Postpartum Depression: Part Two

Here is a quick list of things about my postpartum depression (second baby edition). Some of this may make you uncomfortable.

It does not mean I am a bad person, parent, mother, or employee. But it makes me feel like I am.

I should not be ashamed of it, but I am.

I love my children with everything I have. I enjoy my profession and I feel a calling to help others. But sometimes I am so tired of being needed. When all I want to do is cry all day, I still have to get up and take care of them. I have to go to work because I don’t want to let my colleagues and patrons down. I have to grade because my students want their final grades. I have to do laundry and cook so we have clean clothes and food to eat. I have to pay my bills. People rely on me.

Just because I am depressed does not mean I am incompetent, but sometimes I feel like I am. For a while I was very focused on making change and improving my life, but now I don’t care.

These feelings come and go. I am still capable of being happy. I can joke and laugh. I experience joy when I am around my sons.

I don’t need sympathy. I need empathy. I feel guilty because others in my life are dealing with difficult situations, and I have not been able to conjure up much empathy. When I say I’m sorry over and over, I feel even more guilt because I can’t give the support others deserve. Or I absorb their emotions and feel even worse.

Social media wrecks me. I am anxious about the election. I hate Trump but am afraid to say anything about it because his followers might try to kill me or my children. But I still go on Facebook because I have the hope I might see something positive posted from someone I care about. It’s the only thing that keeps me going sometimes.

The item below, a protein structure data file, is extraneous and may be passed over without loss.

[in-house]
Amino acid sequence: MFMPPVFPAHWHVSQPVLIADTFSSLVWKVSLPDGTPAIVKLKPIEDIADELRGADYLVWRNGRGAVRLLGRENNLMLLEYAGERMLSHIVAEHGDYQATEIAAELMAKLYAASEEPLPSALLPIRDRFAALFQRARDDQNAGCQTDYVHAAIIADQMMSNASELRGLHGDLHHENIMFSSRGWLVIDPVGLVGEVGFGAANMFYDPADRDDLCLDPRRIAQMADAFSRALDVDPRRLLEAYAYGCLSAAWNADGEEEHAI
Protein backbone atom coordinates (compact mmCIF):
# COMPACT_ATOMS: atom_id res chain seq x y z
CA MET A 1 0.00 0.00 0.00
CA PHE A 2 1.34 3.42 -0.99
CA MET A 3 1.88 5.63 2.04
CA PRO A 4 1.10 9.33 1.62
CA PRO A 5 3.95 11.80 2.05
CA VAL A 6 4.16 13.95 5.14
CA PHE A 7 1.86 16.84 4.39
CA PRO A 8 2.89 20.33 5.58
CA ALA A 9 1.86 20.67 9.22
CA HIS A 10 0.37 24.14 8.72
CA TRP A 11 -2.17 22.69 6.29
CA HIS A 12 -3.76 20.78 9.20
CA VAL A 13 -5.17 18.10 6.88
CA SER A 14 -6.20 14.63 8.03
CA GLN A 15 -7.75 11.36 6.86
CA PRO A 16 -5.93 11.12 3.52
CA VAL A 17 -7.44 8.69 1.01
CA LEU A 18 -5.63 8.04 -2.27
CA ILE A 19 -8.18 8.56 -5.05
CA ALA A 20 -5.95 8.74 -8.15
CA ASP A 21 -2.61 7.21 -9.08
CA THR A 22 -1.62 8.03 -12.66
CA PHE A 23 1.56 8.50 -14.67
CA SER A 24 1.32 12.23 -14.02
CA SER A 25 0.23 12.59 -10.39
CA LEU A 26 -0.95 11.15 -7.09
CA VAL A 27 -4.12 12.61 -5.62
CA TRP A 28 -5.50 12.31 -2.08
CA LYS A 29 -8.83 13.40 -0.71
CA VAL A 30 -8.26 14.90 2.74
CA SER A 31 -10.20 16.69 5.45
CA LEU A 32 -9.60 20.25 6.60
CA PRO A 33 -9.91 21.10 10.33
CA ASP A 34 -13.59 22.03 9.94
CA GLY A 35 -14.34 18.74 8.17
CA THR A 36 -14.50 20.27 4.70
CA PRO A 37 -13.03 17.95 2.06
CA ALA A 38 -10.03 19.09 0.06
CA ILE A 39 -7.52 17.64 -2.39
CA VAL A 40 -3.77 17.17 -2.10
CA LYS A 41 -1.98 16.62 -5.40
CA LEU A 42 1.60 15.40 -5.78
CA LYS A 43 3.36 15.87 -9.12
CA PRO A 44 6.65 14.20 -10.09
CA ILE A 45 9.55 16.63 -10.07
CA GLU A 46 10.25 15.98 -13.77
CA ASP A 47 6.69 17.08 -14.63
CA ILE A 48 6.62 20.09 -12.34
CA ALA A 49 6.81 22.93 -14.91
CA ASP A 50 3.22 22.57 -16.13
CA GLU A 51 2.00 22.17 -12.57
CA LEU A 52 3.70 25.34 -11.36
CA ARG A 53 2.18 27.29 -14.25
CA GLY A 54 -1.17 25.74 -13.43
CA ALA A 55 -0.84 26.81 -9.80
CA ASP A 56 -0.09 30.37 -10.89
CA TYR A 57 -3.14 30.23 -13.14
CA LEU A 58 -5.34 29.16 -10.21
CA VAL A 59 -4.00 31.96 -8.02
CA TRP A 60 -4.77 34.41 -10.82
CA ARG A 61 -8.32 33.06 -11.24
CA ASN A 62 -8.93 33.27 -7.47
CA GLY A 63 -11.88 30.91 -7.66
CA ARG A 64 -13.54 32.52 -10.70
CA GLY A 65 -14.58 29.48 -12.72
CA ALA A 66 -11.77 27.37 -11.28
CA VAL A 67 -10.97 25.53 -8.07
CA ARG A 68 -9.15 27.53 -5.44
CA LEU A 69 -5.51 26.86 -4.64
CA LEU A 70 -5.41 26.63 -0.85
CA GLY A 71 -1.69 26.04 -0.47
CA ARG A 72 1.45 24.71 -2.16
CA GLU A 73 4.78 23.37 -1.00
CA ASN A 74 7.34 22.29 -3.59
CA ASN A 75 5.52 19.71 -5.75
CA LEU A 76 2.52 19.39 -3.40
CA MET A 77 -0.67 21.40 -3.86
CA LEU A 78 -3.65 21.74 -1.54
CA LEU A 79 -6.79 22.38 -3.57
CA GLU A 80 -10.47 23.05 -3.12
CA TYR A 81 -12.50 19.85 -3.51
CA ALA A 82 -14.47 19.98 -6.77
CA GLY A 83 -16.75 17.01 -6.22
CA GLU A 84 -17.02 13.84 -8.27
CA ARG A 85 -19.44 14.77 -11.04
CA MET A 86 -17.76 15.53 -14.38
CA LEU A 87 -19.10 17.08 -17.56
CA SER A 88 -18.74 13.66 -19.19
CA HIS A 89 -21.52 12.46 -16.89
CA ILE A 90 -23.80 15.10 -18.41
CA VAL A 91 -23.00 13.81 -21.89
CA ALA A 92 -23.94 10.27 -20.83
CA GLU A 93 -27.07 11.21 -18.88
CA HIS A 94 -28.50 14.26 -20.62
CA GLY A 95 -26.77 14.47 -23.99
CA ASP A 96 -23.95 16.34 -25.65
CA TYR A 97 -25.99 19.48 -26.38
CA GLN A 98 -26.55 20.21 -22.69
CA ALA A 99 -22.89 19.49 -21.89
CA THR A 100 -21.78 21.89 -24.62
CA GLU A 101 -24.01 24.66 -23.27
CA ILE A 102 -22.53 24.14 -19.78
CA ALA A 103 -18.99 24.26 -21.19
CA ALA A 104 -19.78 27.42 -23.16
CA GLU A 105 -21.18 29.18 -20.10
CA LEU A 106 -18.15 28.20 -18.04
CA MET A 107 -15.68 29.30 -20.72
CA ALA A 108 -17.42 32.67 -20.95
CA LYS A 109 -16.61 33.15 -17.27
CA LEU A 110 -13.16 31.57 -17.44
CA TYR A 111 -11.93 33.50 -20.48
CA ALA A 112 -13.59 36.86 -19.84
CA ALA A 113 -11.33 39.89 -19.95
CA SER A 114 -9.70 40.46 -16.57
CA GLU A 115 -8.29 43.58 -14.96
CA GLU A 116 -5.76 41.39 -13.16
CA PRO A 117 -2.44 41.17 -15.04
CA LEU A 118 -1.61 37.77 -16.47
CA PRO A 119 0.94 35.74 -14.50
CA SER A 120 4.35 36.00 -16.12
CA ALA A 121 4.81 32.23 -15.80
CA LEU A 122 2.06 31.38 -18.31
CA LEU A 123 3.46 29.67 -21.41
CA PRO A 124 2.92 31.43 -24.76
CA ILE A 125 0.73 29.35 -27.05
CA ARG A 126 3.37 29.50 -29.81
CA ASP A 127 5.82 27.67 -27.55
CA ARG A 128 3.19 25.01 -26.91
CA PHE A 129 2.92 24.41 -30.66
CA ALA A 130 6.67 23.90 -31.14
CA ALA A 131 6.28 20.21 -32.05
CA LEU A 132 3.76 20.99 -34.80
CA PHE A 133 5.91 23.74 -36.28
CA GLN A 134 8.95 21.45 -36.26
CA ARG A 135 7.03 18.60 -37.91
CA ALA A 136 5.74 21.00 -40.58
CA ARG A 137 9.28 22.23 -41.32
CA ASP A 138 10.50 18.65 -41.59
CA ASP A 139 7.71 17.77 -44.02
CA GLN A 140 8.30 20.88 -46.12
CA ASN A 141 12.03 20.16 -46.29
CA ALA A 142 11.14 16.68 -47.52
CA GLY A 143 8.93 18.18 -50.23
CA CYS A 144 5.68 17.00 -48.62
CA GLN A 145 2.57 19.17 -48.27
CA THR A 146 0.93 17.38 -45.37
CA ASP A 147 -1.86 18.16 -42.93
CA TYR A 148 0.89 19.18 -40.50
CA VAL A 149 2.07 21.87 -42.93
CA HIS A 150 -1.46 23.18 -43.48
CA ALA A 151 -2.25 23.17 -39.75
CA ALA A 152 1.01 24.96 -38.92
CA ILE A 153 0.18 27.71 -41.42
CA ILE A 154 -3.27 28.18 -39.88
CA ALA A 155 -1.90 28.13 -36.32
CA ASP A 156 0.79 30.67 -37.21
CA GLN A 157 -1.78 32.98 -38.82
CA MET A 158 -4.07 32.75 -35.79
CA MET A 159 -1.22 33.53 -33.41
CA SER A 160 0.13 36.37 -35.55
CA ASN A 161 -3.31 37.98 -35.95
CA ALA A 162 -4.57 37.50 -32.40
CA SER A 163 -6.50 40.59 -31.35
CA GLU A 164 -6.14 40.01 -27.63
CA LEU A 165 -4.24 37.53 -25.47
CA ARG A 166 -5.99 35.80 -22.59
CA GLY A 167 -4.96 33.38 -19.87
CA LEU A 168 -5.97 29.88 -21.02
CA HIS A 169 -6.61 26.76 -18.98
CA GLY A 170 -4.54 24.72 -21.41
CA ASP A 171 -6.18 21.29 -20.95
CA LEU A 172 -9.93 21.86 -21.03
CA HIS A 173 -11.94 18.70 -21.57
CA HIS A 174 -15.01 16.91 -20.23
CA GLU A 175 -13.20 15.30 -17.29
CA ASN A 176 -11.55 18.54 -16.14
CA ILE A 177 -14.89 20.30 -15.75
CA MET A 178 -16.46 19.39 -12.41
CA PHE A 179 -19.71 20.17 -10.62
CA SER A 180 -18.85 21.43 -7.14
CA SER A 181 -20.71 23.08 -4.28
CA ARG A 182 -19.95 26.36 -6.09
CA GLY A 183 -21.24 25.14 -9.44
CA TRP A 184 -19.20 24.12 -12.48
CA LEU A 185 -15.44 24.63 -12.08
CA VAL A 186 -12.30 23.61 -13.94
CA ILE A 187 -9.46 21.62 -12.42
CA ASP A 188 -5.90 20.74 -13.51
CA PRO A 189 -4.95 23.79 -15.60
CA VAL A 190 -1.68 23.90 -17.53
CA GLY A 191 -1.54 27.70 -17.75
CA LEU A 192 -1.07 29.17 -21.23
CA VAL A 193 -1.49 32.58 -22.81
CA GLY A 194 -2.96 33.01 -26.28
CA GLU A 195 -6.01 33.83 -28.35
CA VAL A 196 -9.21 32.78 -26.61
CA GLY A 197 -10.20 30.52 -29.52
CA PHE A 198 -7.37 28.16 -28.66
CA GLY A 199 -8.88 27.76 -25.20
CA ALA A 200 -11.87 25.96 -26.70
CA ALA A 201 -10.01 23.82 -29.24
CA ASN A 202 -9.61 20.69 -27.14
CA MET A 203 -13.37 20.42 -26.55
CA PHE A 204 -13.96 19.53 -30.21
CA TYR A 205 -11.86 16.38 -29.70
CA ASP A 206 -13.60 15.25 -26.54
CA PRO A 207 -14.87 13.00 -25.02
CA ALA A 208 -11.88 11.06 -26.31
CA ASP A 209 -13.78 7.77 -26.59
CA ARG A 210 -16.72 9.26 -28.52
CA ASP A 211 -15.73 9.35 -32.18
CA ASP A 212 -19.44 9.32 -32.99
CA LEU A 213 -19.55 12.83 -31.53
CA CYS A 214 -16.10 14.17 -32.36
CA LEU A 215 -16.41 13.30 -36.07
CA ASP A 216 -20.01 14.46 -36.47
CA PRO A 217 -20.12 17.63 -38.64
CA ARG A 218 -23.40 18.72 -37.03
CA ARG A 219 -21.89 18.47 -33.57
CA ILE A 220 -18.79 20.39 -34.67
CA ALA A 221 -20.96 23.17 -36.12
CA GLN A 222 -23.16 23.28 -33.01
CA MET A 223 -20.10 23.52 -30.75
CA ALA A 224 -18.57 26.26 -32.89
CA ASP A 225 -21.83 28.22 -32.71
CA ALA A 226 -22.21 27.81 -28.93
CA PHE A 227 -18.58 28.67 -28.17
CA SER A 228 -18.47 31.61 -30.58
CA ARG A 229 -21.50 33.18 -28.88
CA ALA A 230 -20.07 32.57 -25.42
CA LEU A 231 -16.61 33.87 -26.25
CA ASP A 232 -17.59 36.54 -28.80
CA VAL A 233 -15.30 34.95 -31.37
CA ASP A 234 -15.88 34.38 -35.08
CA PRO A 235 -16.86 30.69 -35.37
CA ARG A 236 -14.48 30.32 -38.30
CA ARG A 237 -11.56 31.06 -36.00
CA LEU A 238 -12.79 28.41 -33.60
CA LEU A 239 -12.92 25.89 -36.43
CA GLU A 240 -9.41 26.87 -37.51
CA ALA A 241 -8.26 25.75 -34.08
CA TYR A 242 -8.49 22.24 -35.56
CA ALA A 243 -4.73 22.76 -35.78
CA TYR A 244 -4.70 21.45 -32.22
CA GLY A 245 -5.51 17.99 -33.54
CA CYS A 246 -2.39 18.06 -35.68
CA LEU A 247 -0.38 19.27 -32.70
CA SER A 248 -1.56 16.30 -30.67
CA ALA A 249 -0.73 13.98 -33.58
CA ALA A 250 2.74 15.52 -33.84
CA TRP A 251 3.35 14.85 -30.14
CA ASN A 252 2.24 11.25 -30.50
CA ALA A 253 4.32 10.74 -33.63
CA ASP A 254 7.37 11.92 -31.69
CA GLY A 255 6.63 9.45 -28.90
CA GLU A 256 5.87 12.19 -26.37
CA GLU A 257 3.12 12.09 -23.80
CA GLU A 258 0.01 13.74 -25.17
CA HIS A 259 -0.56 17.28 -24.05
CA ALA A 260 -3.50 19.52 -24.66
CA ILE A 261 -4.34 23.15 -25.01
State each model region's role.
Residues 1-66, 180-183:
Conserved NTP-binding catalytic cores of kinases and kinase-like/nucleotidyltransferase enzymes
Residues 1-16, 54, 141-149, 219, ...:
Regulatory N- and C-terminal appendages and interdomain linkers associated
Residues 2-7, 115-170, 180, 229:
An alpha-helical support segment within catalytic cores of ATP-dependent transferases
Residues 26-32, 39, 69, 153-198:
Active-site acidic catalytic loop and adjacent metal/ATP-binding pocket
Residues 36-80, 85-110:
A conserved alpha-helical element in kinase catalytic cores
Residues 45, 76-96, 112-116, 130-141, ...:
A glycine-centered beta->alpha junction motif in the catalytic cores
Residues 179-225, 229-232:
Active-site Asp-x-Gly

I hate seeing women breastfeeding because I failed so hard at it, even worse the second time. Despite the fact that I have been exclusively pumping for five months, making enough milk to donate to babies in need, I still get upset when I think about it. Jamie Oliver and his crap about breastfeeding being so easy makes me sick.

Meghann Foye’s article about “me-ternity leave” makes me sick too. Does she seriously think having a baby is a time of rest and renewal? Would she like to feel like I do for a while and see how she likes it?

This may seem like a cry for help. You may see me as weak or selfish or not the right person for you at this time. I don’t care. Some people have said I am brave. I don’t care. I just want someone to listen for a change.

Mindfulness Study: What’s Your Rhythm?